The present invention also provides a voltage comparator for comparing a first input voltage to a second input voltage. The voltage comparator includes an input comparator having first and second parallel conduction paths which are coupled to first and second nodes, respectively. The input comparator is configured to provide each of the first and second nodes with a first current in response to a first reference voltage, to maintain a sum of currents conducted by the first and second conduction paths equal to a second current in response to a second reference voltage, and to generate an output current to maintain the sum of currents conducted by the first and second conduction paths equal to the second current in response to the first and second input voltages not being equal. A reference generation circuit is coupled to the input comparator and is configured to generate the first and second reference voltages having magnitudes which set the second current equal to twice the first current. A first current difference amplifier has an input coupled to the input comparator and is configured to generate one of a first, second and third output voltage levels in response to the output current being a sourcing, zero or sinking current, respectively.

The present invention also provides a voltage comparator for comparing a first input voltage to a second input voltage. A first transistor has a gate to which the first input voltage is applied, and a second transistor has a gate to which the second input voltage is applied. A first current circuit is coupled to the first and second transistors and configured to provide a first current to each of the first and second transistors in response to a first reference voltage. A second current circuit is coupled to the first and second transistors and configured to maintain a sum of currents conducted by the first and second transistors equal to a second current in response to a second reference voltage. A reference generation circuit is coupled to the first and second current circuits and configured to generate the first and second reference voltages having magnitudes which set the second current equal to twice the first current. A first current difference amplifier has an input coupled to the first transistor and is configured to generate one of a first, second and third output voltage levels in response to a sourcing, zero or sinking current, respectively, being received at its input.

The present invention also provides a voltage comparator for comparing a first input voltage to a second input voltage. The voltage comparator includes an input comparator having first and second parallel conduction paths which are coupled to first and second nodes, respectively. The input comparator is configured to provide each of the first and second nodes with a first current in response to a first reference voltage, to maintain a sum of currents conducted by the first and second conduction paths equal to a second current in response to a second reference voltage, and to generate an output current to maintain the sum of currents conducted by the first and second conduction paths equal to the second current in response to the first and second input voltages not being equal. A reference generation circuit is coupled to the input comparator and configured to generate the first and second reference voltages having magnitudes which set the second current approximately equal to twice the first current. A first current difference amplifier has an input coupled to the input comparator and configured to generate one of a first, second and third output voltage levels in response to the output current being a sourcing, zero or sinking current, respectively. A correction circuit is coupled to the reference generation circuit and configured to monitor the first and second reference voltages and to generate and provide a correction current to the reference generation circuit which adjusts the magnitude of the first and second reference voltages to continually maintain the second current equal to twice the first current.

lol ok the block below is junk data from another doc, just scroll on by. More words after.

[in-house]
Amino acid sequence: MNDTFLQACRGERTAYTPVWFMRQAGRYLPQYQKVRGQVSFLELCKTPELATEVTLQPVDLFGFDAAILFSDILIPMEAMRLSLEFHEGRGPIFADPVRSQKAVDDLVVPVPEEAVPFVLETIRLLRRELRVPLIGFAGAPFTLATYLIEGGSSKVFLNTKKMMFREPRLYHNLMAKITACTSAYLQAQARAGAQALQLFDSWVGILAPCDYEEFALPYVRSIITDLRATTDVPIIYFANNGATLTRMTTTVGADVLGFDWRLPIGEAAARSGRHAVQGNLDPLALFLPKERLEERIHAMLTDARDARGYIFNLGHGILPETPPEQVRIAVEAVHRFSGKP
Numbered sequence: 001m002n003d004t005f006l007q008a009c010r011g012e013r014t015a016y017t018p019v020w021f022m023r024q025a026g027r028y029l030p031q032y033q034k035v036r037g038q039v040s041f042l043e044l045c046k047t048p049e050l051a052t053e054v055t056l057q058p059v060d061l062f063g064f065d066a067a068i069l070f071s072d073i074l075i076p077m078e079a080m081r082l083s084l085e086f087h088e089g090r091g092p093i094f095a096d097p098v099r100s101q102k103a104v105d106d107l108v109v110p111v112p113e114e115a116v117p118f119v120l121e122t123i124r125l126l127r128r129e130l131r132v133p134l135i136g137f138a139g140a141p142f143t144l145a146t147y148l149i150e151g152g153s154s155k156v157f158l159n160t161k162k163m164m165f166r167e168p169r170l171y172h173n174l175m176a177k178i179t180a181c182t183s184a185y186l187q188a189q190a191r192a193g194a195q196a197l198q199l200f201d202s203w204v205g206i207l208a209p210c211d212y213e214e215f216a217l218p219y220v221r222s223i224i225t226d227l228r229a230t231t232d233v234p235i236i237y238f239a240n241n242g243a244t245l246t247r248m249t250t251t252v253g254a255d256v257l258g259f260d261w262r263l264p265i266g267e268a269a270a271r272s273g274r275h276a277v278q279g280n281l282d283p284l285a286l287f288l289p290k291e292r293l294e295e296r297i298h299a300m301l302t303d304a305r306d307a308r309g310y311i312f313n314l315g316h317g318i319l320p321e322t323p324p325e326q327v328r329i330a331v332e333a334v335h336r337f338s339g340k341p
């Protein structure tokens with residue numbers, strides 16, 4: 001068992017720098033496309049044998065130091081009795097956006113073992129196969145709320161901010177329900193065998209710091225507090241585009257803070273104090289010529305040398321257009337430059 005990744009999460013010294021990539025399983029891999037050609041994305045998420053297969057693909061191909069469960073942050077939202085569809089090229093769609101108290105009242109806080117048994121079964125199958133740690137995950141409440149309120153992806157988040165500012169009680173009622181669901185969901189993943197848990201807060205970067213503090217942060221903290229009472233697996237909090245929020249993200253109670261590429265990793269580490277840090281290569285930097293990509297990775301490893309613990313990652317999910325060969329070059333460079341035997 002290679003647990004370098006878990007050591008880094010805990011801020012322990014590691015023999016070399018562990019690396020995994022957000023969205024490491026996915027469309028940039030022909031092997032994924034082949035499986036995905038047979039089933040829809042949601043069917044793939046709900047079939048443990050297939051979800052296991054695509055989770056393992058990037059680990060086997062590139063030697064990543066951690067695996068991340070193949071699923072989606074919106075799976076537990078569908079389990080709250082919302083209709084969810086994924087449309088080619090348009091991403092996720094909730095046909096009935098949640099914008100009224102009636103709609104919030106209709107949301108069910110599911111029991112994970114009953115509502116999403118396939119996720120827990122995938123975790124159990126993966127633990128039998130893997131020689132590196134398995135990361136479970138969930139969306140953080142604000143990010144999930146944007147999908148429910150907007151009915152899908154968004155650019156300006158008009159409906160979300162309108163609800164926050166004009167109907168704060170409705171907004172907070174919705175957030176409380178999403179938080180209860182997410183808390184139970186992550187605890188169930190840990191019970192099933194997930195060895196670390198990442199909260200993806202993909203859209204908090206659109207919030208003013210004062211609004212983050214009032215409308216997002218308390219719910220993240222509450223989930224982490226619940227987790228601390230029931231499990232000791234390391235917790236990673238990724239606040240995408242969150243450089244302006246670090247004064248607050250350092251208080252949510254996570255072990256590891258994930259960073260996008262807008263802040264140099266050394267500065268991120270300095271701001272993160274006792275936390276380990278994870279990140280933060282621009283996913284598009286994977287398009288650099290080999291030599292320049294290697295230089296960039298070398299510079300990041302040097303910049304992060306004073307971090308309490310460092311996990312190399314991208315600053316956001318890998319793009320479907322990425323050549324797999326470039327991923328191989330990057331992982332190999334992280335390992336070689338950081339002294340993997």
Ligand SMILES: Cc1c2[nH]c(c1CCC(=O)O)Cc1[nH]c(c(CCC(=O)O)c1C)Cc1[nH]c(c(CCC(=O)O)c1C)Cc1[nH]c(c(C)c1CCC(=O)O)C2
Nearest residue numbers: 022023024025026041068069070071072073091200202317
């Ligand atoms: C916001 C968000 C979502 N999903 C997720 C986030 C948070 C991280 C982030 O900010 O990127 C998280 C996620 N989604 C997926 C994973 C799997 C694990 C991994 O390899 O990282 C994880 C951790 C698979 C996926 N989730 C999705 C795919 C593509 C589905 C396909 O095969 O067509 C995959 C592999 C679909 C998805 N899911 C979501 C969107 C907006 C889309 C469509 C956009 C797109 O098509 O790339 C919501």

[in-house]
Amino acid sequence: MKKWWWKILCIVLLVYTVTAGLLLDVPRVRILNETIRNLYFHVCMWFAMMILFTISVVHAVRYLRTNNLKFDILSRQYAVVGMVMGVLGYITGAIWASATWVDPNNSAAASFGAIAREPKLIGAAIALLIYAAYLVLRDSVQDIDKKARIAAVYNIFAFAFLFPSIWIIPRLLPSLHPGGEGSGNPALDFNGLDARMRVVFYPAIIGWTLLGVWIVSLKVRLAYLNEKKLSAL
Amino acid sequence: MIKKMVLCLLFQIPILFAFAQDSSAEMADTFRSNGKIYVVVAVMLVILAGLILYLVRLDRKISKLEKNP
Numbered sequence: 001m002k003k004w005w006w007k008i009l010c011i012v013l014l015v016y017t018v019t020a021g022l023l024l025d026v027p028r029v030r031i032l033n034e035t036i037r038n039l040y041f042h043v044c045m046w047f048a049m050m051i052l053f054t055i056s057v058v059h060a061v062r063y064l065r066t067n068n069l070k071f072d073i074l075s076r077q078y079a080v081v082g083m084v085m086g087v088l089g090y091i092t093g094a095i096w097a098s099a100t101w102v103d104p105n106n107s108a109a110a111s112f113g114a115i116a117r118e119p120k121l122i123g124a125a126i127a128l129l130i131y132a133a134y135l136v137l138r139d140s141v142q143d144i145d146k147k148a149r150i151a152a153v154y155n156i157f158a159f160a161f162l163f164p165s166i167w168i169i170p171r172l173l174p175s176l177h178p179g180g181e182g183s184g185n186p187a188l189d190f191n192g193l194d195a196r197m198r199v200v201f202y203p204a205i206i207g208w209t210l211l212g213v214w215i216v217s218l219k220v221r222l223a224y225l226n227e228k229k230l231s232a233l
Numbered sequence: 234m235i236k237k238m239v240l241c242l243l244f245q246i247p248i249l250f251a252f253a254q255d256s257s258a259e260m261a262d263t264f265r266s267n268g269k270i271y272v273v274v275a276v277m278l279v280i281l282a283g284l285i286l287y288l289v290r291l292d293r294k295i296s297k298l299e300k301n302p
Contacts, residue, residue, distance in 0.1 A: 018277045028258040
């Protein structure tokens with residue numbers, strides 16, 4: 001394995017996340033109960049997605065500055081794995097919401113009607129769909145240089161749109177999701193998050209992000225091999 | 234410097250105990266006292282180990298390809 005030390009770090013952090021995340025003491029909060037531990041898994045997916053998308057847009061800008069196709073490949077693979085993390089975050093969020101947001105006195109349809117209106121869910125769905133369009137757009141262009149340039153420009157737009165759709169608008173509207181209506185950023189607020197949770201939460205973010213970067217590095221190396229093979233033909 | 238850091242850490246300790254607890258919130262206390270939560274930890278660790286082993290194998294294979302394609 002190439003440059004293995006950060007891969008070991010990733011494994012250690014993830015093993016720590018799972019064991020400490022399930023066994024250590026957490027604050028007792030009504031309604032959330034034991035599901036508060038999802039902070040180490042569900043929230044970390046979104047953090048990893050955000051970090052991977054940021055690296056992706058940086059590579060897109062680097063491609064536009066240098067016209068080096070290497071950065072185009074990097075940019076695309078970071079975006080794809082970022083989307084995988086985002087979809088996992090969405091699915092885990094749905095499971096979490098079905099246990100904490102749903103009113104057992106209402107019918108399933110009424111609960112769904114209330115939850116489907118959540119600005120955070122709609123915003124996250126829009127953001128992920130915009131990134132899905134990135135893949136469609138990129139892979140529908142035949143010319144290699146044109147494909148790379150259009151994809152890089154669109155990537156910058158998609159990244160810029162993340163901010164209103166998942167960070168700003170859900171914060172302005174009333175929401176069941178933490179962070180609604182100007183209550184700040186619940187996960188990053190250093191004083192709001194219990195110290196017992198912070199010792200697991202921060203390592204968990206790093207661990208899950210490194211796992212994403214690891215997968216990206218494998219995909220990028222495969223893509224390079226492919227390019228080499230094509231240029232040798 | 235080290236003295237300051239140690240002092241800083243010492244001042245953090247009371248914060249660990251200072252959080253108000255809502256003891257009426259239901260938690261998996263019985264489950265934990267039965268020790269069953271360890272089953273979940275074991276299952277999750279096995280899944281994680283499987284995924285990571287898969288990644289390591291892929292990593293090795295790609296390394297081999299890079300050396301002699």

The present invention also provides a method of comparing a first input voltage to a second input voltage. The method includes the steps of: applying the first input voltage to a gate of a first transistor; applying the second input voltage to a gate of a second transistor; generating a first current in a first node coupled to the first transistor; generating the first current in a second node coupled to the second transistor; maintaining a sum of currents conducted by the first and second transistors equal to a second current; maintaining the second current equal to twice the first current; generating an output current to maintain the sum of currents conducted by the first and second transistors equal to the second current in response to the first and second input voltages not being equal; and altering an operating point of a current difference amplifier in response to the output current.

A better understanding of the features and advantages of the present invention will be obtained by reference to the following detailed description of the invention and accompanying drawings which set forth an illustrative embodiment in which the principles of the invention are utilized.

BRIEF DESCRIPTION OF THE DRAWINGS

FIGS. 1A and 1B are schematic diagrams illustrating a conventional current difference amplifier, and FIG. 1C is a plot illustrating transfer functions for the current difference amplifier shown in FIGS. 1A and 1B.